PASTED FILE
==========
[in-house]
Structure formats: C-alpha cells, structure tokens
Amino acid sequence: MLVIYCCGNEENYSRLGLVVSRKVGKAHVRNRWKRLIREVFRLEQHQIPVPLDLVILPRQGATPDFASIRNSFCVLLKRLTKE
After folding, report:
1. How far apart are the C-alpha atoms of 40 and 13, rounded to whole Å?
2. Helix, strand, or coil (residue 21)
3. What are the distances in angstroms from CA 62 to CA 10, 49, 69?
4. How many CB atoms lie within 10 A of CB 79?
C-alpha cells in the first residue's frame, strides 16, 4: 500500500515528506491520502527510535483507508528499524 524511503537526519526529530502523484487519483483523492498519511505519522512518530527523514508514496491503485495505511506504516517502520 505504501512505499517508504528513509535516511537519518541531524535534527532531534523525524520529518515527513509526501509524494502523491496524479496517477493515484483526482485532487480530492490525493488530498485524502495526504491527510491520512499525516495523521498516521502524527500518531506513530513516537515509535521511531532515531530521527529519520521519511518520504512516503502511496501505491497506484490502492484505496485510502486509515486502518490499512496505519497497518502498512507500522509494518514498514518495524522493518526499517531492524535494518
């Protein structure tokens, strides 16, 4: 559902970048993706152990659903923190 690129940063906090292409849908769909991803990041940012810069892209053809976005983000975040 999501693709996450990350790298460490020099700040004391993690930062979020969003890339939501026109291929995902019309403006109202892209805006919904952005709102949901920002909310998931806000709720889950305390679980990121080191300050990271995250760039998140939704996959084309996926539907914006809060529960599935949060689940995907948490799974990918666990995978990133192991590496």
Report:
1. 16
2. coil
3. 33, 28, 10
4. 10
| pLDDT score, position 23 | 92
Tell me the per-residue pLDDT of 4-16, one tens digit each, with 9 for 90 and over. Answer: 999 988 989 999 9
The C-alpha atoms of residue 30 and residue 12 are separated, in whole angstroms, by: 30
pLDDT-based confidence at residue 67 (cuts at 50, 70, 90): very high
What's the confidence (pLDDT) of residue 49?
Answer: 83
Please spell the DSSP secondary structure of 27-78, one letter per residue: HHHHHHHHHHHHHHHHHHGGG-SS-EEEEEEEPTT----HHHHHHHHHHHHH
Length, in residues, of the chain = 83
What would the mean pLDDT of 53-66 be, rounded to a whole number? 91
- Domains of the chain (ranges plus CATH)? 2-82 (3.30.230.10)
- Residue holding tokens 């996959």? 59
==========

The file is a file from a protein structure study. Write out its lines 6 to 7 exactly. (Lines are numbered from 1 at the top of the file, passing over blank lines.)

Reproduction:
2. Helix, strand, or coil (residue 21)
3. What are the distances in angstroms from CA 62 to CA 10, 49, 69?